Maybe I should try and get a job with them, he thought. Yeah, I wonder how many guards have robbed the place from the inside?

So engrossed in his thoughts was Alan that he didn't notice that Cliff had finished filling the ATM, and was sauntering over to the counter, until the man was almost there, calling out to him.

"How's it going, Al?" asked Cliff, pissing Alan off with the unwelcome abbreviation of his name, like he was some sort of friend.

"Slow."

"Prices pissin' everyone off again?"

"Yeah."

"Gimme a pack of Lights, would ya?"

"Sure, Cliff," said Alan, pulling the cigarettes from the pack rack. "Say, Cliff, can I ask you something?"

"As long as it ain't for a loan," replied Cliff, snorting at his own joke.

"All that money you guys haul around…"

"Yeah?"

"Did you ever think about capping your partner and just taking off?"

"That ain't funny, kid," growled Cliff, throwing his money on the counter. "Keep the change."

"Sorry," muttered Alan, looking pissed as Cliff swaggered away.

"Dumb shit," swore Cliff, barely loud enough for Alan to hear. "What kind of shit is that to…"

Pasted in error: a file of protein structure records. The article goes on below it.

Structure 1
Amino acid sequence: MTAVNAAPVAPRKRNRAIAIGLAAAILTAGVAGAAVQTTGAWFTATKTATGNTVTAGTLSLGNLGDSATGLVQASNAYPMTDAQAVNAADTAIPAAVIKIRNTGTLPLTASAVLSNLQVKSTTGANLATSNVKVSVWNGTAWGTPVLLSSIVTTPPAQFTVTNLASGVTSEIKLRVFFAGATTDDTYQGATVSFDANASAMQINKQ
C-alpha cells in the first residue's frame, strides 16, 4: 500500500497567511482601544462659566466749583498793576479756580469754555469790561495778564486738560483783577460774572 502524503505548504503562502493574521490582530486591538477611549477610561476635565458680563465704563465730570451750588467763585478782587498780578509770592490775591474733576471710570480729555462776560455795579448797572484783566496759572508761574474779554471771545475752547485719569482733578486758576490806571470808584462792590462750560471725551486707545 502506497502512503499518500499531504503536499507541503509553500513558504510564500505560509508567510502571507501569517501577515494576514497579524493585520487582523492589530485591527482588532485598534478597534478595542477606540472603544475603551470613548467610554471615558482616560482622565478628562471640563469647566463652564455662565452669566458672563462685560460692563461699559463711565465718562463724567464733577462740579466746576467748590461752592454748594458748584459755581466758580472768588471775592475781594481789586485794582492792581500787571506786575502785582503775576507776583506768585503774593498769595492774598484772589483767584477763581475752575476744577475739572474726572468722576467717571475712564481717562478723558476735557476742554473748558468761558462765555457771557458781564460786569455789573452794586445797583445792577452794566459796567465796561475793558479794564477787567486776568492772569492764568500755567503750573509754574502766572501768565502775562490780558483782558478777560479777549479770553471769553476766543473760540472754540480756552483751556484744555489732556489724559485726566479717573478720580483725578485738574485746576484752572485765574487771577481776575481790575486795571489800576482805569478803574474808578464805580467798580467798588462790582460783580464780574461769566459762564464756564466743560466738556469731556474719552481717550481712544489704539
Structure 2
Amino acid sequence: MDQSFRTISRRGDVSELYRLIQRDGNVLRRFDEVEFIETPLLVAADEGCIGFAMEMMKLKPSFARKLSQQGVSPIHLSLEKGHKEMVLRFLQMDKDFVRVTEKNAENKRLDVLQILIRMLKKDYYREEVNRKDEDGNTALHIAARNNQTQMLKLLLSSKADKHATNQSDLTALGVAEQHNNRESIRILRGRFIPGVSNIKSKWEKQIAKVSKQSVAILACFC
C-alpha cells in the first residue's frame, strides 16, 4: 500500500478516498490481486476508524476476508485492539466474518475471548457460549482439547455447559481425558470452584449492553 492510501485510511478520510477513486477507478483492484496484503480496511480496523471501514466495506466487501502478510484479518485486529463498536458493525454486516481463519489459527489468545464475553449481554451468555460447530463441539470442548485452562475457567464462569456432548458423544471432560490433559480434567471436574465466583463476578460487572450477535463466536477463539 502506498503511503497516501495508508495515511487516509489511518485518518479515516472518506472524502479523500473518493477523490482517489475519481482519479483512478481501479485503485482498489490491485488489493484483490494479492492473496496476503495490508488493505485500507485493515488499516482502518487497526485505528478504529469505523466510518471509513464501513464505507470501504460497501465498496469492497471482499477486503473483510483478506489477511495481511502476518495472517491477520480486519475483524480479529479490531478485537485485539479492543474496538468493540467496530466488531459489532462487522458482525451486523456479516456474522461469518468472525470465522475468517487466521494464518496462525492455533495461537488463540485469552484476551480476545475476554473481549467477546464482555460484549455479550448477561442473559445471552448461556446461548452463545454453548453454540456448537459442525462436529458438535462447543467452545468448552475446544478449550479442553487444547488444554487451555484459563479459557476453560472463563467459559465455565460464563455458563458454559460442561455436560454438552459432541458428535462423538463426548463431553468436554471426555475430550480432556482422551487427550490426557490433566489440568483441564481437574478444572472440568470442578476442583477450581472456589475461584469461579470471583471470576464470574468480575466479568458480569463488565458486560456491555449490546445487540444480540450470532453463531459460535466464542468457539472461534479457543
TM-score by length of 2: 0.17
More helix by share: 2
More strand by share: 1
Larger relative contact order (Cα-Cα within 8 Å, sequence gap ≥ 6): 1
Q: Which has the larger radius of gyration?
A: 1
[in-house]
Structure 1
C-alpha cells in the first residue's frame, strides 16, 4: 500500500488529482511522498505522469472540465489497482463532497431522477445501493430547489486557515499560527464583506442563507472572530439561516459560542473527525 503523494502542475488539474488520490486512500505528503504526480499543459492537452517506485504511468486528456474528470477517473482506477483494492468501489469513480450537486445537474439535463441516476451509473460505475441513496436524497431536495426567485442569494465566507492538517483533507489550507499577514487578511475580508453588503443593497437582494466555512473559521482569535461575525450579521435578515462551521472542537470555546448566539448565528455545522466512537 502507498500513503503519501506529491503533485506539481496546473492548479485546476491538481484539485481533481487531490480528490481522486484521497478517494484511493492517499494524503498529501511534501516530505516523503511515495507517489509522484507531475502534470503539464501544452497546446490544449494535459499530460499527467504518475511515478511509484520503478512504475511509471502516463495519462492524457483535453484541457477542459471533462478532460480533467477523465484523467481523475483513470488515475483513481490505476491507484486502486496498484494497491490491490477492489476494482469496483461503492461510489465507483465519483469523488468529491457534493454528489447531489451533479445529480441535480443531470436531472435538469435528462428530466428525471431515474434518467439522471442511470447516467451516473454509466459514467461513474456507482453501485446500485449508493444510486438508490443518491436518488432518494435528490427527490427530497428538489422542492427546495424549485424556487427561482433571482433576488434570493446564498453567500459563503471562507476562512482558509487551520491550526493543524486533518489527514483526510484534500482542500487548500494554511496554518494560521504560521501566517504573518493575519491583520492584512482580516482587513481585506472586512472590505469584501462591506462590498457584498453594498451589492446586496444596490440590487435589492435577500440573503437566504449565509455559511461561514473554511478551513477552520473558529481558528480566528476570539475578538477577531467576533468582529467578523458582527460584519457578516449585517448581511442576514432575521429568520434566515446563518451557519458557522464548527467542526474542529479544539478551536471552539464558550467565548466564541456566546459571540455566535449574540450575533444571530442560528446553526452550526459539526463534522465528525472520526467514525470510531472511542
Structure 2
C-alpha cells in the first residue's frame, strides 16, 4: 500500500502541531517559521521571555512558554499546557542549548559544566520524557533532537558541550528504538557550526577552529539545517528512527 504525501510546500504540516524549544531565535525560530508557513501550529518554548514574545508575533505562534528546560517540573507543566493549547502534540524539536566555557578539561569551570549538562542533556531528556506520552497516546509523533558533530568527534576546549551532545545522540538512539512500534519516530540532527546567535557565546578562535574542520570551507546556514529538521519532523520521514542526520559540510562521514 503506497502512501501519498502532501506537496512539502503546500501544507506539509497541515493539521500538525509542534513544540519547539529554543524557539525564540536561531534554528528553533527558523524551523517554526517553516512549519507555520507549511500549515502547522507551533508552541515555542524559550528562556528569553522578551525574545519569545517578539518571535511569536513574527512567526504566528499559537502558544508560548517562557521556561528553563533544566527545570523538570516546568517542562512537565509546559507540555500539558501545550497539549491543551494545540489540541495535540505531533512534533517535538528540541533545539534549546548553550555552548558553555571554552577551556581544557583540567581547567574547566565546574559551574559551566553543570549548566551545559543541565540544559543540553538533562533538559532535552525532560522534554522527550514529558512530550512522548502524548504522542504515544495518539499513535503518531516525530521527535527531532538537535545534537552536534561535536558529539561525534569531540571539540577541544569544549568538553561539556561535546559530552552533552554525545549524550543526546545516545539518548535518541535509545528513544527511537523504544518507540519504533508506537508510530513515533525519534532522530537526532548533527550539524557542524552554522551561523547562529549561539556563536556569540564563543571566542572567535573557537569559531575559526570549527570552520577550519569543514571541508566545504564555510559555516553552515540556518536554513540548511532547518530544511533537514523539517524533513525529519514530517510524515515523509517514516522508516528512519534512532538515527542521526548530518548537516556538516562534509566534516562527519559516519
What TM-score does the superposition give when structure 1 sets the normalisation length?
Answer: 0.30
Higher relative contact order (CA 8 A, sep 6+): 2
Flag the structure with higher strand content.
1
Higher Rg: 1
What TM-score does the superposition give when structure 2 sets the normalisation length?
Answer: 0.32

The guard's voice drifted away as he stepped out the door, and Alan turned back to his magazine, hoping that the rest of the night would be just as slow.

Concentrating on an article about growing hemp in a wooden tub, Alan never noticed how Cliff slowed down as he neared the armored car, the man's mind turning over what Alan had asked him. Alan couldn't see the rear of the car, so even if he had been looking he wouldn't have seen how Cliff hesitated before lifting the cart back into the vehicle, or the thoughtful expression now on the man's face.

And, of course, since he didn't read the paper, he would never know the tomorrow's headline about the fifteen year veteran of a local armored car service that suddenly killed his partner and took off with almost two million dollars.

And, since he never paid attention to much that went on around him, Alan would never know the power he had.

But that might not be a bad thing.

END

A/N: Just something I came up with, today, at work, while we were watching the armored car guys come in a buy stuff. Of course I didn't ask them that question, they just didn't look like they had a sense of humor.

Sometimes I wonder why I think of this shit.